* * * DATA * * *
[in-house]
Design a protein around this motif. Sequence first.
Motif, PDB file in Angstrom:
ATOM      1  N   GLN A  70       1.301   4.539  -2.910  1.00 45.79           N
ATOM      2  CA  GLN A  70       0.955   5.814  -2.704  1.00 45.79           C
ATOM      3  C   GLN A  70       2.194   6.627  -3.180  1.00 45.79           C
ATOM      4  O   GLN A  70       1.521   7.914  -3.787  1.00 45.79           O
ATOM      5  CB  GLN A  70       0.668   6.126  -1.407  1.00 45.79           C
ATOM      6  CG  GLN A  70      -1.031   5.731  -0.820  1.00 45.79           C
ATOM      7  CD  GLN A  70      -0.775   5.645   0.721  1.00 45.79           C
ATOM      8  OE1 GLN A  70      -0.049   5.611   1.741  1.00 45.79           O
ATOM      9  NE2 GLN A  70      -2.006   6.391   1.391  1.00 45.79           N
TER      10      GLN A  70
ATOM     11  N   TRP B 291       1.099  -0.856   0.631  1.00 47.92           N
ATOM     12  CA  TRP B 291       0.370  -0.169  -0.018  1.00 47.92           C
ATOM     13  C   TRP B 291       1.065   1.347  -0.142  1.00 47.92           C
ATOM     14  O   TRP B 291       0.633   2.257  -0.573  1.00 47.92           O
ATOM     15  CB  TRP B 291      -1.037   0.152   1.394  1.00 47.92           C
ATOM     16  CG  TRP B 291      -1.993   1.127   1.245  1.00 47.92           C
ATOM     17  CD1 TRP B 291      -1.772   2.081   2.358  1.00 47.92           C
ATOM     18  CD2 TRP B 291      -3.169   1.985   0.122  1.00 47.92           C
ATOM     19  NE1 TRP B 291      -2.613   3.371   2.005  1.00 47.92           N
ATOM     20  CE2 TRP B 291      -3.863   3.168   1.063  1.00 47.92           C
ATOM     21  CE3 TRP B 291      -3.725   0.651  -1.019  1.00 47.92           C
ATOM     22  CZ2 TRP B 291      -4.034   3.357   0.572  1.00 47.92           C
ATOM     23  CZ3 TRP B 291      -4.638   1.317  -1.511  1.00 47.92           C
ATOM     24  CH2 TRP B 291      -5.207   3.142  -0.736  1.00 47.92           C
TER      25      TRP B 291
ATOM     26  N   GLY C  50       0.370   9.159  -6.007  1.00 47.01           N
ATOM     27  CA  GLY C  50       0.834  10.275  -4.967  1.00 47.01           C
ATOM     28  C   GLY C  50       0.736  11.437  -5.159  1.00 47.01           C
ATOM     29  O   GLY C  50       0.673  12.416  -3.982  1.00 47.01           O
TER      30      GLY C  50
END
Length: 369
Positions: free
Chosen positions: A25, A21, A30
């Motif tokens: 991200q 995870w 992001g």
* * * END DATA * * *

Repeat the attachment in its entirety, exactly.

[in-house]
Design a protein around this motif. Sequence first.
Motif, PDB file in Angstrom:
ATOM      1  N   GLN A  70       1.301   4.539  -2.910  1.00 45.79           N
ATOM      2  CA  GLN A  70       0.955   5.814  -2.704  1.00 45.79           C
ATOM      3  C   GLN A  70       2.194   6.627  -3.180  1.00 45.79           C
ATOM      4  O   GLN A  70       1.521   7.914  -3.787  1.00 45.79           O
ATOM      5  CB  GLN A  70       0.668   6.126  -1.407  1.00 45.79           C
ATOM      6  CG  GLN A  70      -1.031   5.731  -0.820  1.00 45.79           C
ATOM      7  CD  GLN A  70      -0.775   5.645   0.721  1.00 45.79           C
ATOM      8  OE1 GLN A  70      -0.049   5.611   1.741  1.00 45.79           O
ATOM      9  NE2 GLN A  70      -2.006   6.391   1.391  1.00 45.79           N
TER      10      GLN A  70
ATOM     11  N   TRP B 291       1.099  -0.856   0.631  1.00 47.92           N
ATOM     12  CA  TRP B 291       0.370  -0.169  -0.018  1.00 47.92           C
ATOM     13  C   TRP B 291       1.065   1.347  -0.142  1.00 47.92           C
ATOM     14  O   TRP B 291       0.633   2.257  -0.573  1.00 47.92           O
ATOM     15  CB  TRP B 291      -1.037   0.152   1.394  1.00 47.92           C
ATOM     16  CG  TRP B 291      -1.993   1.127   1.245  1.00 47.92           C
ATOM     17  CD1 TRP B 291      -1.772   2.081   2.358  1.00 47.92           C
ATOM     18  CD2 TRP B 291      -3.169   1.985   0.122  1.00 47.92           C
ATOM     19  NE1 TRP B 291      -2.613   3.371   2.005  1.00 47.92           N
ATOM     20  CE2 TRP B 291      -3.863   3.168   1.063  1.00 47.92           C
ATOM     21  CE3 TRP B 291      -3.725   0.651  -1.019  1.00 47.92           C
ATOM     22  CZ2 TRP B 291      -4.034   3.357   0.572  1.00 47.92           C
ATOM     23  CZ3 TRP B 291      -4.638   1.317  -1.511  1.00 47.92           C
ATOM     24  CH2 TRP B 291      -5.207   3.142  -0.736  1.00 47.92           C
TER      25      TRP B 291
ATOM     26  N   GLY C  50       0.370   9.159  -6.007  1.00 47.01           N
ATOM     27  CA  GLY C  50       0.834  10.275  -4.967  1.00 47.01           C
ATOM     28  C   GLY C  50       0.736  11.437  -5.159  1.00 47.01           C
ATOM     29  O   GLY C  50       0.673  12.416  -3.982  1.00 47.01           O
TER      30      GLY C  50
END
Length: 369
Positions: free
Chosen positions: A25, A21, A30
């Motif tokens: 991200q 995870w 992001g």